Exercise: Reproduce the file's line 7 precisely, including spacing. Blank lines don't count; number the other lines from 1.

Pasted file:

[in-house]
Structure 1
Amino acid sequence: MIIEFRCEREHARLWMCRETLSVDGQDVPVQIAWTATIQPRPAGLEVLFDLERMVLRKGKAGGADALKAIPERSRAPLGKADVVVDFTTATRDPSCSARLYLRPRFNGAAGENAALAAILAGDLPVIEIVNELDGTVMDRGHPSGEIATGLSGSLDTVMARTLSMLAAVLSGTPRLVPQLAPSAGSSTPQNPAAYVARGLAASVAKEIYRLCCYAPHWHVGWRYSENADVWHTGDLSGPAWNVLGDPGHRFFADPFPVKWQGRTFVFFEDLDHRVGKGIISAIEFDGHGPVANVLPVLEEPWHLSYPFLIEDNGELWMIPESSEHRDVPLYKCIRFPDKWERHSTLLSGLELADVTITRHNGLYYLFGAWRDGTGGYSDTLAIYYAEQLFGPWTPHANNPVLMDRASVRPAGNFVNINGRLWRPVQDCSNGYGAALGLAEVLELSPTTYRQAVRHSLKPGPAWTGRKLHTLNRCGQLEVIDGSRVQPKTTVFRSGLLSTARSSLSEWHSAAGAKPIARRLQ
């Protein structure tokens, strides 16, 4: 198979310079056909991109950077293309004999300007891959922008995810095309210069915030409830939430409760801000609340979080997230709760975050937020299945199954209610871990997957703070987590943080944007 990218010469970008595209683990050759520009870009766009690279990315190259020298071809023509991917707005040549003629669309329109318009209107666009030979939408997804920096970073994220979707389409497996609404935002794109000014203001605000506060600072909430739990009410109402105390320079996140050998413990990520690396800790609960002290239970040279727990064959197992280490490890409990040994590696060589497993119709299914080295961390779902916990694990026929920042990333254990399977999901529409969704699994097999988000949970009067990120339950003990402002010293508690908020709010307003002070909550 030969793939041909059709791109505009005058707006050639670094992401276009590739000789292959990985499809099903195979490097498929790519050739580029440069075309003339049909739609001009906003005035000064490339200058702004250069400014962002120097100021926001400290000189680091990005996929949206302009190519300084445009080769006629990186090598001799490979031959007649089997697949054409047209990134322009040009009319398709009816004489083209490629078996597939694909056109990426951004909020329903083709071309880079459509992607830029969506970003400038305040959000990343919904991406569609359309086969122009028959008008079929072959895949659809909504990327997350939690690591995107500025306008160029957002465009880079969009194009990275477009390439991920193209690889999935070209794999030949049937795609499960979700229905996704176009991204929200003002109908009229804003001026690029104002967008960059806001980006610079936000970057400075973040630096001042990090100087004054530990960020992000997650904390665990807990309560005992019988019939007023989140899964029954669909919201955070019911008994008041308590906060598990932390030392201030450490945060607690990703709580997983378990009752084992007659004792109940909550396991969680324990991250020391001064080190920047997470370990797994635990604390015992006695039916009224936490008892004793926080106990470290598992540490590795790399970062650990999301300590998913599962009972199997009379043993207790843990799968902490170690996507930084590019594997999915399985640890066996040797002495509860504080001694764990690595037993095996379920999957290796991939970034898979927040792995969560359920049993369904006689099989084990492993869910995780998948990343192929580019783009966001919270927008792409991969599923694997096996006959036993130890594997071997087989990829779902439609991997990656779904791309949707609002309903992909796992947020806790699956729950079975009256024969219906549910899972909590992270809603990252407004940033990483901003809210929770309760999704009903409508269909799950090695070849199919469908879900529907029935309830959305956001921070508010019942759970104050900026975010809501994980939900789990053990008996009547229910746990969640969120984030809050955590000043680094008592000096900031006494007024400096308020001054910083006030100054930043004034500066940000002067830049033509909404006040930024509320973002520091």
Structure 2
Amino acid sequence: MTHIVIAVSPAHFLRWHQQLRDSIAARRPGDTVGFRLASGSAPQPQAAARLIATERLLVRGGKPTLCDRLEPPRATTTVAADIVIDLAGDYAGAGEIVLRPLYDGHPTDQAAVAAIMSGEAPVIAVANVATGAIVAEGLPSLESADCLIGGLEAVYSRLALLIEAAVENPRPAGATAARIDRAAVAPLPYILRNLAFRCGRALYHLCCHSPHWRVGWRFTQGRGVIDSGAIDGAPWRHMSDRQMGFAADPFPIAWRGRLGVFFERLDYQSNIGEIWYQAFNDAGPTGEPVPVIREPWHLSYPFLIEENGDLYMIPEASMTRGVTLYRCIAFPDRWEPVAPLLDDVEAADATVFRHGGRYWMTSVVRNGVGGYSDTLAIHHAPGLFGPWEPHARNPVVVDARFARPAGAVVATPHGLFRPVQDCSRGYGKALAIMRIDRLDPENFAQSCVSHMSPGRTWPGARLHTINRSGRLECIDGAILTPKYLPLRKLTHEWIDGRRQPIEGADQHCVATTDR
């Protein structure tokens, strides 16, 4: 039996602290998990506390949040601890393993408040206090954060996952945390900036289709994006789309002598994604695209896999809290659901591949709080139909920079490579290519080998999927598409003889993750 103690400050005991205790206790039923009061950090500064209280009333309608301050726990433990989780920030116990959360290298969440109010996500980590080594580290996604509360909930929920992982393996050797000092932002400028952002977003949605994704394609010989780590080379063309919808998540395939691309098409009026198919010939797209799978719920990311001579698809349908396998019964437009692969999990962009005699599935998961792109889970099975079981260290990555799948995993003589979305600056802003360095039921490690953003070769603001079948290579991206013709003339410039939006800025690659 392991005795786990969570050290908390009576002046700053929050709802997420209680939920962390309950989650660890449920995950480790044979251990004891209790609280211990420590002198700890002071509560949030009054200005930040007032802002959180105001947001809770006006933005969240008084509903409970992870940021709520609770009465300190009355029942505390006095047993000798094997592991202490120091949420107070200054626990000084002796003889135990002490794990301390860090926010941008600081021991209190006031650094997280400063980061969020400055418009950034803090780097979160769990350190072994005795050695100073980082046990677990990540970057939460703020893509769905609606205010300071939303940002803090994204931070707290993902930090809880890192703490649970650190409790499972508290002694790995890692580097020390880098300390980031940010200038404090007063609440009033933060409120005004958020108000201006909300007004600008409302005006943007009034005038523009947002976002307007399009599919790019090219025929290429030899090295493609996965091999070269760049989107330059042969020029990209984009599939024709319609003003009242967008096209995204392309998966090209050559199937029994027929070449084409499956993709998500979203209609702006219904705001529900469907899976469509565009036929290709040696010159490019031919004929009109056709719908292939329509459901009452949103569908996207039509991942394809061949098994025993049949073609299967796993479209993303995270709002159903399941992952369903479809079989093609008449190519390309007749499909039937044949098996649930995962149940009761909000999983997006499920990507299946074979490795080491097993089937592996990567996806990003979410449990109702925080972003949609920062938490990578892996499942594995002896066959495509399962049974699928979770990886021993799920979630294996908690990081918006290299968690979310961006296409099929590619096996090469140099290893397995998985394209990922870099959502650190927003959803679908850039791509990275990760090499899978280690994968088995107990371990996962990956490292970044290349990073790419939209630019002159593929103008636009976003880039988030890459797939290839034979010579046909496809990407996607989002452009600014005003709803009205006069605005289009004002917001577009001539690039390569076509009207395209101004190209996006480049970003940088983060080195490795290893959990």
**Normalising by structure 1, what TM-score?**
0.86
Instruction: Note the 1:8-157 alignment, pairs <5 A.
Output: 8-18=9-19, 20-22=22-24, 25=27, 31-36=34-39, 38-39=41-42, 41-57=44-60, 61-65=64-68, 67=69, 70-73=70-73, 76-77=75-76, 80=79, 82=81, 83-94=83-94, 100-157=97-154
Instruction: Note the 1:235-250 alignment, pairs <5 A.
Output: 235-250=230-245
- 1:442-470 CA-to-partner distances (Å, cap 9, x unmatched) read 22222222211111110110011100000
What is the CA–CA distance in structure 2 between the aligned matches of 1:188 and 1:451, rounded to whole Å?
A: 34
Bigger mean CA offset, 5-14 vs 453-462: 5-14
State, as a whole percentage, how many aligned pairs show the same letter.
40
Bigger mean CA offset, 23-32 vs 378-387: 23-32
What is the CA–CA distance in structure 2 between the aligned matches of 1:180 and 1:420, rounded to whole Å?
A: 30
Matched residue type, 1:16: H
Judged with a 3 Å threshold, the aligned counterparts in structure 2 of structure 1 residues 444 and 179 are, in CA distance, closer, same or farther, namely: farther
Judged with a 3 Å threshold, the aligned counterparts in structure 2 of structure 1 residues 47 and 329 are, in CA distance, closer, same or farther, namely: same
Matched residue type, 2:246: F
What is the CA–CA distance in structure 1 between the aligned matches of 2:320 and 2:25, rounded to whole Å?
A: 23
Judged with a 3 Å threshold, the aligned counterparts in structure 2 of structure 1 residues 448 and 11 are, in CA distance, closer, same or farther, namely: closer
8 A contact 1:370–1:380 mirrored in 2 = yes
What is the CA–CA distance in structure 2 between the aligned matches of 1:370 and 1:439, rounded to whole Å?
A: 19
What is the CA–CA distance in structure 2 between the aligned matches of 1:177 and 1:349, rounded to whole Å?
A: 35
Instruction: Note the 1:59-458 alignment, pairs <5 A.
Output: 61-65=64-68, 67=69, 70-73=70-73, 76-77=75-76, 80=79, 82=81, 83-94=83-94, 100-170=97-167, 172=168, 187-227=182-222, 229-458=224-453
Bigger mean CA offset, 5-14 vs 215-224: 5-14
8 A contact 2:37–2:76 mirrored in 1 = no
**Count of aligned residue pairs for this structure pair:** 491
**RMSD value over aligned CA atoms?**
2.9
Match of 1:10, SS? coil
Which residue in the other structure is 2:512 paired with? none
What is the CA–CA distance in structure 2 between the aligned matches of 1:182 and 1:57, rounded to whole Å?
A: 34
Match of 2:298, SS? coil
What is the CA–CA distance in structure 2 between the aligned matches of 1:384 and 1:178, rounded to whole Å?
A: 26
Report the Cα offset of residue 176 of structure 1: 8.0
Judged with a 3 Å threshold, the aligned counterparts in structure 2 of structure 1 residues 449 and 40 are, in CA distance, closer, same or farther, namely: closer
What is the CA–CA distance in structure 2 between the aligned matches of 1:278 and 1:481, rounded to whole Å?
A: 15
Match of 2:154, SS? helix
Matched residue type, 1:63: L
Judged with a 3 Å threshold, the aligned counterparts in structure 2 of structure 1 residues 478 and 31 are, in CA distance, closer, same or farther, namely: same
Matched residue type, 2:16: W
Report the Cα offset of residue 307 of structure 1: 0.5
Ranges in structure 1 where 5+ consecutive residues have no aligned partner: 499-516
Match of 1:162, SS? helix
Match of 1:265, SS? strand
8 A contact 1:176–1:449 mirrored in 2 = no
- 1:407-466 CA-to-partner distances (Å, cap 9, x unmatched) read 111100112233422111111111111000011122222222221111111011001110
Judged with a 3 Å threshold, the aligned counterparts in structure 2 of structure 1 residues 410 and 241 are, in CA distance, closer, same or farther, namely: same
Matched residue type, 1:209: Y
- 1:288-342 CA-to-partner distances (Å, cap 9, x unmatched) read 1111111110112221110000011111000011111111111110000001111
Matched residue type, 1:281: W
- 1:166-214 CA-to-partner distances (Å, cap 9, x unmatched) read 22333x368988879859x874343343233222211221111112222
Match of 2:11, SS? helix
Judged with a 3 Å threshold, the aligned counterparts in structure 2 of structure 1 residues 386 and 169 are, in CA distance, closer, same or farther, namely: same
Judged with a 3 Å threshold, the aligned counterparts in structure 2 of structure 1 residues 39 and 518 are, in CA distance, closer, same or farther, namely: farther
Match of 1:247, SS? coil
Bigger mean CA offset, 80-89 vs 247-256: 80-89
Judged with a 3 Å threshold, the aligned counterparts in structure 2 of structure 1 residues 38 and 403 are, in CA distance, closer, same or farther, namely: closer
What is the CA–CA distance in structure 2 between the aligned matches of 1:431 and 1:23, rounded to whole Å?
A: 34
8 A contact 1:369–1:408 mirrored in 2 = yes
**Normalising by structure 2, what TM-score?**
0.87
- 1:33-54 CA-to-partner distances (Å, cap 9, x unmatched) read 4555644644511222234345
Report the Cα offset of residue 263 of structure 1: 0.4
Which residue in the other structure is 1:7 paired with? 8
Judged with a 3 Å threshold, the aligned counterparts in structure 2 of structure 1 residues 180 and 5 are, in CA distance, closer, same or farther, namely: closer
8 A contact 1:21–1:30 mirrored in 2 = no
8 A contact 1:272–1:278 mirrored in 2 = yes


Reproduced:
């Protein structure tokens, strides 16, 4: 039996602290998990506390949040601890393993408040206090954060996952945390900036289709994006789309002598994604695209896999809290659901591949709080139909920079490579290519080998999927598409003889993750 103690400050005991205790206790039923009061950090500064209280009333309608301050726990433990989780920030116990959360290298969440109010996500980590080594580290996604509360909930929920992982393996050797000092932002400028952002977003949605994704394609010989780590080379063309919808998540395939691309098409009026198919010939797209799978719920990311001579698809349908396998019964437009692969999990962009005699599935998961792109889970099975079981260290990555799948995993003589979305600056802003360095039921490690953003070769603001079948290579991206013709003339410039939006800025690659 392991005795786990969570050290908390009576002046700053929050709802997420209680939920962390309950989650660890449920995950480790044979251990004891209790609280211990420590002198700890002071509560949030009054200005930040007032802002959180105001947001809770006006933005969240008084509903409970992870940021709520609770009465300190009355029942505390006095047993000798094997592991202490120091949420107070200054626990000084002796003889135990002490794990301390860090926010941008600081021991209190006031650094997280400063980061969020400055418009950034803090780097979160769990350190072994005795050695100073980082046990677990990540970057939460703020893509769905609606205010300071939303940002803090994204931070707290993902930090809880890192703490649970650190409790499972508290002694790995890692580097020390880098300390980031940010200038404090007063609440009033933060409120005004958020108000201006909300007004600008409302005006943007009034005038523009947002976002307007399009599919790019090219025929290429030899090295493609996965091999070269760049989107330059042969020029990209984009599939024709319609003003009242967008096209995204392309998966090209050559199937029994027929070449084409499956993709998500979203209609702006219904705001529900469907899976469509565009036929290709040696010159490019031919004929009109056709719908292939329509459901009452949103569908996207039509991942394809061949098994025993049949073609299967796993479209993303995270709002159903399941992952369903479809079989093609008449190519390309007749499909039937044949098996649930995962149940009761909000999983997006499920990507299946074979490795080491097993089937592996990567996806990003979410449990109702925080972003949609920062938490990578892996499942594995002896066959495509399962049974699928979770990886021993799920979630294996908690990081918006290299968690979310961006296409099929590619096996090469140099290893397995998985394209990922870099959502650190927003959803679908850039791509990275990760090499899978280690994968088995107990371990996962990956490292970044290349990073790419939209630019002159593929103008636009976003880039988030890459797939290839034979010579046909496809990407996607989002452009600014005003709803009205006069605005289009004002917001577009001539690039390569076509009207395209101004190209996006480049970003940088983060080195490795290893959990």